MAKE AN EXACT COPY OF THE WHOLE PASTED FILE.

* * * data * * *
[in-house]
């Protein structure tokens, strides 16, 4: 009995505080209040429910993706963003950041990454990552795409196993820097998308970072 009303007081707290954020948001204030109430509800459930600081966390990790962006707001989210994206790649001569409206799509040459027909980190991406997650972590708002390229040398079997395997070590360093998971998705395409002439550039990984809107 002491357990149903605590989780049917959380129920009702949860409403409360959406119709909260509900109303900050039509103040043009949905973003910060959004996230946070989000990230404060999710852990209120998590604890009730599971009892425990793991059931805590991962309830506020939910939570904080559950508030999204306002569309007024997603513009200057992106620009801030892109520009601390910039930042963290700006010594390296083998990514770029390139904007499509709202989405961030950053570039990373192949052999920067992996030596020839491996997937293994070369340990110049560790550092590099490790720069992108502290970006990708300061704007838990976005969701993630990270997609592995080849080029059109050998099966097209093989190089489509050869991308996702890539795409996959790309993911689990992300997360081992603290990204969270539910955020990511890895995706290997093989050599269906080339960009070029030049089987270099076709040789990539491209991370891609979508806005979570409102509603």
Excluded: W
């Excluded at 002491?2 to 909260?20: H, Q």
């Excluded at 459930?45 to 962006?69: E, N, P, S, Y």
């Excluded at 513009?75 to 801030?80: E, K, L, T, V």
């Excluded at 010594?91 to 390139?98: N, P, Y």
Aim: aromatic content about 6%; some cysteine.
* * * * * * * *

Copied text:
[in-house]
């Protein structure tokens, strides 16, 4: 009995505080209040429910993706963003950041990454990552795409196993820097998308970072 009303007081707290954020948001204030109430509800459930600081966390990790962006707001989210994206790649001569409206799509040459027909980190991406997650972590708002390229040398079997395997070590360093998971998705395409002439550039990984809107 002491357990149903605590989780049917959380129920009702949860409403409360959406119709909260509900109303900050039509103040043009949905973003910060959004996230946070989000990230404060999710852990209120998590604890009730599971009892425990793991059931805590991962309830506020939910939570904080559950508030999204306002569309007024997603513009200057992106620009801030892109520009601390910039930042963290700006010594390296083998990514770029390139904007499509709202989405961030950053570039990373192949052999920067992996030596020839491996997937293994070369340990110049560790550092590099490790720069992108502290970006990708300061704007838990976005969701993630990270997609592995080849080029059109050998099966097209093989190089489509050869991308996702890539795409996959790309993911689990992300997360081992603290990204969270539910955020990511890895995706290997093989050599269906080339960009070029030049089987270099076709040789990539491209991370891609979508806005979570409102509603």
Excluded: W
């Excluded at 002491?2 to 909260?20: H, Q």
């Excluded at 459930?45 to 962006?69: E, N, P, S, Y």
């Excluded at 513009?75 to 801030?80: E, K, L, T, V």
């Excluded at 010594?91 to 390139?98: N, P, Y």
Aim: aromatic content about 6%; some cysteine.